Generally in a game I have to think of how it’s going to tile, how it’s going to work on a technical way, and I have to work within those constraints. If I break them, it’s probably going to cost me a lot of time. Whereas with an art piece I want to break away from doing that because if I don’t, I tend to not get very interesting compositions. So they’re sort of at war with each other.

Jonathan: What is your impression of the Toronto game scene is right now?

Miguel: I think it’s pretty amazing – particularly what’s happened with Hand Eye. When we got together, I guess it was two years ago – a lot happened in the last two years. I haven’t got a lot of sleep. It’s led to a lot of great events, and it’s gotten bigger and bigger as time’s gone on. There are just a lot of great games being made here. We’ve got one of the biggest Jams here, building games in one place. We’ve got Capy, Metanet, Queasy Games; and there are a lot of people – including Spooky Squid, knock on wood – that are going to break out in the next couple of years.

Night of the Cephalopods by Spooky Squid Games
Night of the Cephalopods by Spooky Squid Games

Jonathan: Where do you see Spooky Squid and the rest of the indie developers in Toronto in five years?

Miguel: In five years I think Toronto’s going to be even more known for its indie game scene, because of the amount of talent here and how organized it is. We’re definitely going to continue to have hit games come out here that are made by just a few people.

Jonathan: Do you see yourself working for any more mainstream developers in the future?

I’m not really interested in doing that. I worked in film for a year doing special effects and that sort of gave me a taste of what it’s like working on projects of that size. And it’s not terribly interesting. You’re just sort of a cog helping to make a big thing. You’re not really expressing anything of yourself, and you’re not exploring the ideas you find interesting. You’re just helping someone else do that.

Jonathan: Do you think the recent addition of certain big studios in Toronto is going to have any effect on the independent scene?

I don’t think it is, because I think we’re pretty strong at this point. I don’t think it’s going to be something where everyone suddenly goes, ‘to hell with you we’ll all get a job at the big studios.’ Because there’s going to be more. Like Ubisoft’s the start, but we’re probably going to have an EA or something else like that soon.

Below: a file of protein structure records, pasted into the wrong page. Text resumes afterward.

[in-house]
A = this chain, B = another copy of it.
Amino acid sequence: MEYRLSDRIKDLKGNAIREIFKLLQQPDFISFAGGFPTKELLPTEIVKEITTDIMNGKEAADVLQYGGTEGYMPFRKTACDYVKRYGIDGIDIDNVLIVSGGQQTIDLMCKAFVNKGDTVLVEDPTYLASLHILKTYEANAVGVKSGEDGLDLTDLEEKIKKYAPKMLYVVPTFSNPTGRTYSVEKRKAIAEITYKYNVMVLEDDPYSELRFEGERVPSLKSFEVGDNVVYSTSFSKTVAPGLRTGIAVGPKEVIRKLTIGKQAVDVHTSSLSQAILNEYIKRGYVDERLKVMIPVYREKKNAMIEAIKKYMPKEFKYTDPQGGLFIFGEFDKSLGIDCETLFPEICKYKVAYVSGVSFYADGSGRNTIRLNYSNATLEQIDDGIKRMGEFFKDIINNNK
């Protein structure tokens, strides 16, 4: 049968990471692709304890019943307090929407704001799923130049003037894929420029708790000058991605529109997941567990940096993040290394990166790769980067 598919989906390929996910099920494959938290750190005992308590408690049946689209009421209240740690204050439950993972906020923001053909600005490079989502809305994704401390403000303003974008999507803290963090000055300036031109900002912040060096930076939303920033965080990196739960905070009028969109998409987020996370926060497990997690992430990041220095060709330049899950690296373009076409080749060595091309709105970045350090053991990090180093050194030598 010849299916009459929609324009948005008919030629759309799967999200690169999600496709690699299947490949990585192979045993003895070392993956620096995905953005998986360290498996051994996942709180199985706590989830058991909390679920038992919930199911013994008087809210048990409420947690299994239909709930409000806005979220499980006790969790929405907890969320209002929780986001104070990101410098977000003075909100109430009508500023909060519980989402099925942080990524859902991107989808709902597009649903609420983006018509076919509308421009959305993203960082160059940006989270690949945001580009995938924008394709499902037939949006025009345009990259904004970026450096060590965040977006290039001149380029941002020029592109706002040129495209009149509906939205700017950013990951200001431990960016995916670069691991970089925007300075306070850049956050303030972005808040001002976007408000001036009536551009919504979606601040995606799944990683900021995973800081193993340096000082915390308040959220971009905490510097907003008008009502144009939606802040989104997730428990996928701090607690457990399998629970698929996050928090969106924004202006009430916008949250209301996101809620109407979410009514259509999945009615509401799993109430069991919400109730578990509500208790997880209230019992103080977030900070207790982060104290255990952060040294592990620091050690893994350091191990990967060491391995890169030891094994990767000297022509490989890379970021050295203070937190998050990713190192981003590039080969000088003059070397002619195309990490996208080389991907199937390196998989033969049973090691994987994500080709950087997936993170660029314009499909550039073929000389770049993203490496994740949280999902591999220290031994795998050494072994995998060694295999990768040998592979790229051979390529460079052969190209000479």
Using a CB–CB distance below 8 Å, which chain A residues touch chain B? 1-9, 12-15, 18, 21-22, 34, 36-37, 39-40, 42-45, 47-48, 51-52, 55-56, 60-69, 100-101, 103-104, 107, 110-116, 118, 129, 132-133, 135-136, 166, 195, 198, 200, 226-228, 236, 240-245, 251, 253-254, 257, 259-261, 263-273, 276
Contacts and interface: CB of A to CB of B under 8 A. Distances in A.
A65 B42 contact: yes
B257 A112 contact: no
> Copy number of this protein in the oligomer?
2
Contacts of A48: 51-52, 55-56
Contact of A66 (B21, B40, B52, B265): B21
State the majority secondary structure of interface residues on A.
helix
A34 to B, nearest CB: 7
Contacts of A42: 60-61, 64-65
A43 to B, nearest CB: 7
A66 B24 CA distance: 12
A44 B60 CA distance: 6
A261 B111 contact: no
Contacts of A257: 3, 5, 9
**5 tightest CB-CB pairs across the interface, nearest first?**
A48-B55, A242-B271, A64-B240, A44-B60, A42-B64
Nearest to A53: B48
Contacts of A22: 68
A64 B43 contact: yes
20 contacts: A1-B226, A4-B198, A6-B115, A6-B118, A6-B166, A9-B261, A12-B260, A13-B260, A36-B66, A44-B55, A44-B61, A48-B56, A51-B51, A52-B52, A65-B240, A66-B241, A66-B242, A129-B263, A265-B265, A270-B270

Jonathan: Is that good for gaming in Toronto?

Miguel: I think it is, because I don’t see how it’s going to be bad for it. I think we’re going to continue to have a strong indie scene. What will happen is that some people are going to go to those big studios and are going to find that it’s not for them – it’s not what they want to do. And there will be a whole community here to help them make that transition from working for someone else to making their own stuff.

Jonathan: So when did you first start playing video games?

Miguel: The first machine was a super-high end PC at the time; it had no hard drive and used the big floppy discs. The Hitchhiker’s Guide text adventure was still in stores at the time. I grew up playing other text adventures and a lot of those early games like King’s Quest and such. So I’ve been gaming for quite some time at this point.

Jonathan: What kind of advice would you give to someone who wants to design games or be a part of the game development industry?

Miguel: Definitely just pick up a good and simple tool, and start experimenting. I use Game Maker for a lot of stuff we put out, and it’s great because it’s fast and you can start by using the really cheesy drag-and-drop stuff. Then you can move to coding without changing up the software. Unlike something like Flash, it actually has most of the routines you’re going to want for most games. So you’ll have a decent engine right there. With Flash, you basically have to build a game engine, and then make your game. But with Game Maker you can really just jump in and start making stuff that works.

Jonathan: What games have you been playing lately?

Miguel: At the moment I’m playing Devil Survivor on the DS; Trauma Center: Trauma Team on the Wii, and re-playing Jet Set Radio Future. I bought a Dreamcast because of [Jet Grind Radio]. That’s one of the influences for Guerrilla Gardening; it has sort of that street culture. There are elements of street art in both of them. And I love the style of that game. The controls feel a little bit wonky now, but it’s still one of my all-time favourite games.

Jonathan: What’s on your dork shelf?

Miguel: I have dork shelves. When it comes to toys I’ve got a bunch of EVA figures; I’m a huge fan of the stuff that Hideaki Anno’s done. I’ve got a lot of art books and manga. I’m a big fan of 20th Century Boys in terms of manga.  For art books: Yoshitoshi ABe.